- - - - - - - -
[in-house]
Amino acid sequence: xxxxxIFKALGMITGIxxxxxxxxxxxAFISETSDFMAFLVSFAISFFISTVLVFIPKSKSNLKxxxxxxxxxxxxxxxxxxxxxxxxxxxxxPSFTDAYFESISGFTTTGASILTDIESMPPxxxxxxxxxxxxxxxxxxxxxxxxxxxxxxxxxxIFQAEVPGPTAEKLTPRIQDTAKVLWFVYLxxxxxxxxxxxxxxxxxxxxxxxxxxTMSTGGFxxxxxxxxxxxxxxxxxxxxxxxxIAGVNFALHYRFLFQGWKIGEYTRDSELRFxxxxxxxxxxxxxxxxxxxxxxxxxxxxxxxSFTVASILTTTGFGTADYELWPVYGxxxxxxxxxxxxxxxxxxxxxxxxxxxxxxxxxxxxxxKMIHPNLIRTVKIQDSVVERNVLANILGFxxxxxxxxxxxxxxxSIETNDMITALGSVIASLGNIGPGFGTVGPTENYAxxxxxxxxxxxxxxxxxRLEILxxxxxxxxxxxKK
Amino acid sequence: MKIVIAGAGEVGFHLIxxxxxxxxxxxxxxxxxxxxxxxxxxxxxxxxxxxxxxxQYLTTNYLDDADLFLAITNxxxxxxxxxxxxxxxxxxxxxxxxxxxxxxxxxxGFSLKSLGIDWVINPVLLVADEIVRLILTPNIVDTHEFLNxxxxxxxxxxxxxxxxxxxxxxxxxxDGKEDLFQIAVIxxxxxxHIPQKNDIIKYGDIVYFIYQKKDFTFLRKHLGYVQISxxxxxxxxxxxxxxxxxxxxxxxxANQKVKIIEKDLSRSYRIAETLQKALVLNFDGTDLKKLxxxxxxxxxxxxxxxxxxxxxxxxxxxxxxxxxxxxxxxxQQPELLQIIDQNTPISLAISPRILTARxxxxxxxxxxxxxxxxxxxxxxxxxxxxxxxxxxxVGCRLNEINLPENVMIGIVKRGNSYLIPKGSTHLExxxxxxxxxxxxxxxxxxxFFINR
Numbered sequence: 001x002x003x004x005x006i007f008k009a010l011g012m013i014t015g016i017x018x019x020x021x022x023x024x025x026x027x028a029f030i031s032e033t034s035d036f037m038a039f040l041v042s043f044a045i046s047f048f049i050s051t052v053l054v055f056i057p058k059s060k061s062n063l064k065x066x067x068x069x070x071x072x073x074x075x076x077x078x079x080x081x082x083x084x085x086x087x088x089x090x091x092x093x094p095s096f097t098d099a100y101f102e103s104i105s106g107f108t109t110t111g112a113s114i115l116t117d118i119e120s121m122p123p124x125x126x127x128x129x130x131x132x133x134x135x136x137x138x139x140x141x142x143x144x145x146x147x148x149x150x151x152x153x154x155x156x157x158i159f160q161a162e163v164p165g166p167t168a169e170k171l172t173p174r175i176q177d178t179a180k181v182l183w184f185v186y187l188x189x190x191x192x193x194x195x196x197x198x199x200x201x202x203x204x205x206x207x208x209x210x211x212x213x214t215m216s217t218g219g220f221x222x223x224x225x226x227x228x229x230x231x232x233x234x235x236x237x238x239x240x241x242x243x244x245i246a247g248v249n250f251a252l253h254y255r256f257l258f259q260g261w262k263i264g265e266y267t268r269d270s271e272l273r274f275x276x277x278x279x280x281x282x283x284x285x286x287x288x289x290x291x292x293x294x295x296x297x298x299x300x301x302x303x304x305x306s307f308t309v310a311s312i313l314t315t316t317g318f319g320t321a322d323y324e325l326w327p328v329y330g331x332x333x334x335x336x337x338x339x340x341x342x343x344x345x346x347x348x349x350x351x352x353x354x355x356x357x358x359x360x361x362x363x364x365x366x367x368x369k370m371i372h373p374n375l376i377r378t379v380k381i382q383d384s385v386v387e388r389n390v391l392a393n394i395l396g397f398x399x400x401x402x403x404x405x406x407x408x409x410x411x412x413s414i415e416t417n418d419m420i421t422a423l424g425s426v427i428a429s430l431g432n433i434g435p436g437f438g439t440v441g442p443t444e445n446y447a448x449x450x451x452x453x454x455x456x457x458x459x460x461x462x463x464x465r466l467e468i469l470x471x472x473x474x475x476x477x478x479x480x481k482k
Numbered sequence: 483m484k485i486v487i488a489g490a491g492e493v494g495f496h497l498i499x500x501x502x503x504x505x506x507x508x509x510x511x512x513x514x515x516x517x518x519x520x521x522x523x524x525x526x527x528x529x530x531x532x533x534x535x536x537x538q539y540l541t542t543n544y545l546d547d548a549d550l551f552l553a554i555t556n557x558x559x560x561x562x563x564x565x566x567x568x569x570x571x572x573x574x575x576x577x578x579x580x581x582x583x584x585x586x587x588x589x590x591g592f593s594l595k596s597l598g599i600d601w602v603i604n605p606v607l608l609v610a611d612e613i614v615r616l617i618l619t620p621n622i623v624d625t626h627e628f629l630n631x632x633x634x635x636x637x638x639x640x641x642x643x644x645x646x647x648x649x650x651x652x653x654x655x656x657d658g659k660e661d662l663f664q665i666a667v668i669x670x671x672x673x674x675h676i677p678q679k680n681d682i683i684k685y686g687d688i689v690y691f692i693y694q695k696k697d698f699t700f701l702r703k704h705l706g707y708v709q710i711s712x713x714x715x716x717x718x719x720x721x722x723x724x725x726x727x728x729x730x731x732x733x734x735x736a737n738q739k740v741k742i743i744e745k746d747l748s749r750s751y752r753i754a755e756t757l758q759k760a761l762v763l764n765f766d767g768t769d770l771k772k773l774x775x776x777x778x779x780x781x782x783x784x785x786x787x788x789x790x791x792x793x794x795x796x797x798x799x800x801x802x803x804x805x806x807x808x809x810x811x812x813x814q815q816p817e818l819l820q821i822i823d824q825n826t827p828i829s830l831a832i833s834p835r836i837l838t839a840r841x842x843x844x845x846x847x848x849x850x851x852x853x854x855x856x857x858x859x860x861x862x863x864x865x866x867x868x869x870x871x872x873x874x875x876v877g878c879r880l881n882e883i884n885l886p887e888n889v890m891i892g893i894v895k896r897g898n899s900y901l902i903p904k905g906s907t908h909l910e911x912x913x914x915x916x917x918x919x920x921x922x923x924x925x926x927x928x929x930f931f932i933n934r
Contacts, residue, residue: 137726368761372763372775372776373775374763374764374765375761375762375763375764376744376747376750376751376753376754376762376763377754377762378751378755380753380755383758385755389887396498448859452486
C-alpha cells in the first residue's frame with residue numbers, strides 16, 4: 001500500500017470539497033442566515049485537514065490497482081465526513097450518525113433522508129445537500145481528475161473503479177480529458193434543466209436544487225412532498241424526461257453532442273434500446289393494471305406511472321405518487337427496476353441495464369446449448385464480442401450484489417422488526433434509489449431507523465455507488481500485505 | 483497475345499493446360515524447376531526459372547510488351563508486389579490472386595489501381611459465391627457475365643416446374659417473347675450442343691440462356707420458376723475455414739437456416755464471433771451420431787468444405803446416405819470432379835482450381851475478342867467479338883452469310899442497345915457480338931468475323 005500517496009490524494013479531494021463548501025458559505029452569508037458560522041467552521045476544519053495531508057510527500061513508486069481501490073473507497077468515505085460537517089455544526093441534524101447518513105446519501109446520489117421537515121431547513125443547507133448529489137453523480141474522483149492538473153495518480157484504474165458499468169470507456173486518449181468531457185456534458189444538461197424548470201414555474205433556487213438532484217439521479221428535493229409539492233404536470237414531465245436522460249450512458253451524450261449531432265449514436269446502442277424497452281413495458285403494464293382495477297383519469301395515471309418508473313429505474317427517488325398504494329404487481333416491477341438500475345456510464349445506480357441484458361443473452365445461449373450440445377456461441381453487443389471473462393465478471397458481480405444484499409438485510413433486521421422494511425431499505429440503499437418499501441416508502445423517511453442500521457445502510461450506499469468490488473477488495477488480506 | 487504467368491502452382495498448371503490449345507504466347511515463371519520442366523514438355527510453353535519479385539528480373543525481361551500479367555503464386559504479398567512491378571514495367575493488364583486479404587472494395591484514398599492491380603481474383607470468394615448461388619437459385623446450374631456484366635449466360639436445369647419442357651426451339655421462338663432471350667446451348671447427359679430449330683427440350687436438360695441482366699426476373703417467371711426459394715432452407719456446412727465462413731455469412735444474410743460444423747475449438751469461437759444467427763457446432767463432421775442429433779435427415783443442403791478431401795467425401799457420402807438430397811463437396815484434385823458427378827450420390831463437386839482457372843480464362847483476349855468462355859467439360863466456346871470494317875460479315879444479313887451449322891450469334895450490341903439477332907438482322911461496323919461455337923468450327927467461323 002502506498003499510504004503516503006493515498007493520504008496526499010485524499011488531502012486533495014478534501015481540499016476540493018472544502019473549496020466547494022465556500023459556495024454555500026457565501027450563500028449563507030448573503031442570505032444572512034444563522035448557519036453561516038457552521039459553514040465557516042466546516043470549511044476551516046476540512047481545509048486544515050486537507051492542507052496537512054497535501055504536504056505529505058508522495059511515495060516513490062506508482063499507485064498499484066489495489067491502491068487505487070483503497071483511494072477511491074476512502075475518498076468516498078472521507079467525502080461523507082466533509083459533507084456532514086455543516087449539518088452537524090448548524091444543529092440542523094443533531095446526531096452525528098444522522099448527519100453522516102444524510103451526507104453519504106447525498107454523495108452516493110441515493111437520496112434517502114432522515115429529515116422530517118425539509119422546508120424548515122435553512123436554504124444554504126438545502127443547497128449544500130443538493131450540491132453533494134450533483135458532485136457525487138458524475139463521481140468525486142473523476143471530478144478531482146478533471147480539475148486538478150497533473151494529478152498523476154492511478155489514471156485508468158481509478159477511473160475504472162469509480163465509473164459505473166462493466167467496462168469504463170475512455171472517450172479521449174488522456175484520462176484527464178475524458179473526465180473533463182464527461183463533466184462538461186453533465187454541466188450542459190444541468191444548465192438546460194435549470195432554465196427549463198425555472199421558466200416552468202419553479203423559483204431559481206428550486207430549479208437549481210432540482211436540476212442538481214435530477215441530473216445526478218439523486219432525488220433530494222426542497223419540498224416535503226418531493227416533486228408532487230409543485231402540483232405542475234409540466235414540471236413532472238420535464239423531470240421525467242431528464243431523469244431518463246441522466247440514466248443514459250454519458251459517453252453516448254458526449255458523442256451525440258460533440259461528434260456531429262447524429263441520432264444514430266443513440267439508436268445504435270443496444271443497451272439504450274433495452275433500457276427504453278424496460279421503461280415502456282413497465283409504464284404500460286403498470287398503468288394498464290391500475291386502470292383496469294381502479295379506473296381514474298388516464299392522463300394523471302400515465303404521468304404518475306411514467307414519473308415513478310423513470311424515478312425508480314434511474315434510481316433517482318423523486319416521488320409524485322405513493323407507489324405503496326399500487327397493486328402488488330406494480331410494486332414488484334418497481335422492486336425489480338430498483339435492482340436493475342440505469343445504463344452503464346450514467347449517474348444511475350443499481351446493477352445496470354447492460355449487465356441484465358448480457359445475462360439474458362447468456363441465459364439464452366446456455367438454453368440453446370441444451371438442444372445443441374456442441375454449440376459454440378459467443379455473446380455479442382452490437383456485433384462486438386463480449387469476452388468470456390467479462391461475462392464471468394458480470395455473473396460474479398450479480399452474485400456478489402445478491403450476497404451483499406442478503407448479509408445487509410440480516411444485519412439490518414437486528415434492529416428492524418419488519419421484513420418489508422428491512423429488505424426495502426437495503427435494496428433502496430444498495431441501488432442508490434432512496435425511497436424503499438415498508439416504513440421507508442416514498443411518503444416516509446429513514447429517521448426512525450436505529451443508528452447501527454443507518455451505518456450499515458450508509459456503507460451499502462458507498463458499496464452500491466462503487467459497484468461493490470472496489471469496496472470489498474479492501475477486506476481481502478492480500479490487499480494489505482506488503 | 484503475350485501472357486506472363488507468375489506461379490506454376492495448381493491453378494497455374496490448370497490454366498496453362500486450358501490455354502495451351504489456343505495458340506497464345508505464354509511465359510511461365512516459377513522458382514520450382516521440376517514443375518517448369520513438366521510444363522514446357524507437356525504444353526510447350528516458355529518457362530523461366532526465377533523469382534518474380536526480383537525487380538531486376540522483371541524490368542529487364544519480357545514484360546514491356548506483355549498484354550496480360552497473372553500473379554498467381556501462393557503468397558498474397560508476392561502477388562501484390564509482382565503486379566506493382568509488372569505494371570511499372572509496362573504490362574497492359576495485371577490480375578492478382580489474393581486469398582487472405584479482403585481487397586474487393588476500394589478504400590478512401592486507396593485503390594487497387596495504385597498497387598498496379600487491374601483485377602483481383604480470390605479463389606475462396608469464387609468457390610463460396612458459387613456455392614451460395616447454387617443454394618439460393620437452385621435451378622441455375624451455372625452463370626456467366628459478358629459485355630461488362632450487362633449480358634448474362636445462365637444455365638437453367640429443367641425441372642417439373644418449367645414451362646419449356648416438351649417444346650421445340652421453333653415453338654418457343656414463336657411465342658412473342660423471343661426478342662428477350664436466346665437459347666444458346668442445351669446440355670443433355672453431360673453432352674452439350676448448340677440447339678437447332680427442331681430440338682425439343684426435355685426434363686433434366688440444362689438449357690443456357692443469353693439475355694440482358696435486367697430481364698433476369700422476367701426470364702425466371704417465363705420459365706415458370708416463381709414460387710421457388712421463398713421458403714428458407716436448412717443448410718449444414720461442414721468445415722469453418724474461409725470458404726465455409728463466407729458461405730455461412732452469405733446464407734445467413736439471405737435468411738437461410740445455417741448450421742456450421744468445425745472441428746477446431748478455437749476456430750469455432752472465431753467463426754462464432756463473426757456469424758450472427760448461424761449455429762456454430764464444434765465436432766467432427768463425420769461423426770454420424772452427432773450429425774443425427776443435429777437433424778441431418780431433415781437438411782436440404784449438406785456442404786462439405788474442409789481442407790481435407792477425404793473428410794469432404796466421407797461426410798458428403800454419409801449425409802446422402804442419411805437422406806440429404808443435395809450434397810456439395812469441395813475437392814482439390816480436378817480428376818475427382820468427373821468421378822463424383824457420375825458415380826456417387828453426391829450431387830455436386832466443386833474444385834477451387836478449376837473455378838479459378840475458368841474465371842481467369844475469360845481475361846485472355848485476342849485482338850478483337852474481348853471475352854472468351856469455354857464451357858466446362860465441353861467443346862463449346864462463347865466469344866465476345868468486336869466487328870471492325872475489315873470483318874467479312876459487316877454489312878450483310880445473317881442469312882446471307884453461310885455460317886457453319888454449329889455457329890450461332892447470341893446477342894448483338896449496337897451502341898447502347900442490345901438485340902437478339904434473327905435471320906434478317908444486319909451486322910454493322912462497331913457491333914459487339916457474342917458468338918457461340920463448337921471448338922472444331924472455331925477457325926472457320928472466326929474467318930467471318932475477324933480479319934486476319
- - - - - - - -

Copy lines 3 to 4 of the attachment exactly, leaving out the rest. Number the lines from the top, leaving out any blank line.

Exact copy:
Amino acid sequence: MKIVIAGAGEVGFHLIxxxxxxxxxxxxxxxxxxxxxxxxxxxxxxxxxxxxxxxQYLTTNYLDDADLFLAITNxxxxxxxxxxxxxxxxxxxxxxxxxxxxxxxxxxGFSLKSLGIDWVINPVLLVADEIVRLILTPNIVDTHEFLNxxxxxxxxxxxxxxxxxxxxxxxxxxDGKEDLFQIAVIxxxxxxHIPQKNDIIKYGDIVYFIYQKKDFTFLRKHLGYVQISxxxxxxxxxxxxxxxxxxxxxxxxANQKVKIIEKDLSRSYRIAETLQKALVLNFDGTDLKKLxxxxxxxxxxxxxxxxxxxxxxxxxxxxxxxxxxxxxxxxQQPELLQIIDQNTPISLAISPRILTARxxxxxxxxxxxxxxxxxxxxxxxxxxxxxxxxxxxVGCRLNEINLPENVMIGIVKRGNSYLIPKGSTHLExxxxxxxxxxxxxxxxxxxFFINR
Numbered sequence: 001x002x003x004x005x006i007f008k009a010l011g012m013i014t015g016i017x018x019x020x021x022x023x024x025x026x027x028a029f030i031s032e033t034s035d036f037m038a039f040l041v042s043f044a045i046s047f048f049i050s051t052v053l054v055f056i057p058k059s060k061s062n063l064k065x066x067x068x069x070x071x072x073x074x075x076x077x078x079x080x081x082x083x084x085x086x087x088x089x090x091x092x093x094p095s096f097t098d099a100y101f102e103s104i105s106g107f108t109t110t111g112a113s114i115l116t117d118i119e120s121m122p123p124x125x126x127x128x129x130x131x132x133x134x135x136x137x138x139x140x141x142x143x144x145x146x147x148x149x150x151x152x153x154x155x156x157x158i159f160q161a162e163v164p165g166p167t168a169e170k171l172t173p174r175i176q177d178t179a180k181v182l183w184f185v186y187l188x189x190x191x192x193x194x195x196x197x198x199x200x201x202x203x204x205x206x207x208x209x210x211x212x213x214t215m216s217t218g219g220f221x222x223x224x225x226x227x228x229x230x231x232x233x234x235x236x237x238x239x240x241x242x243x244x245i246a247g248v249n250f251a252l253h254y255r256f257l258f259q260g261w262k263i264g265e266y267t268r269d270s271e272l273r274f275x276x277x278x279x280x281x282x283x284x285x286x287x288x289x290x291x292x293x294x295x296x297x298x299x300x301x302x303x304x305x306s307f308t309v310a311s312i313l314t315t316t317g318f319g320t321a322d323y324e325l326w327p328v329y330g331x332x333x334x335x336x337x338x339x340x341x342x343x344x345x346x347x348x349x350x351x352x353x354x355x356x357x358x359x360x361x362x363x364x365x366x367x368x369k370m371i372h373p374n375l376i377r378t379v380k381i382q383d384s385v386v387e388r389n390v391l392a393n394i395l396g397f398x399x400x401x402x403x404x405x406x407x408x409x410x411x412x413s414i415e416t417n418d419m420i421t422a423l424g425s426v427i428a429s430l431g432n433i434g435p436g437f438g439t440v441g442p443t444e445n446y447a448x449x450x451x452x453x454x455x456x457x458x459x460x461x462x463x464x465r466l467e468i469l470x471x472x473x474x475x476x477x478x479x480x481k482k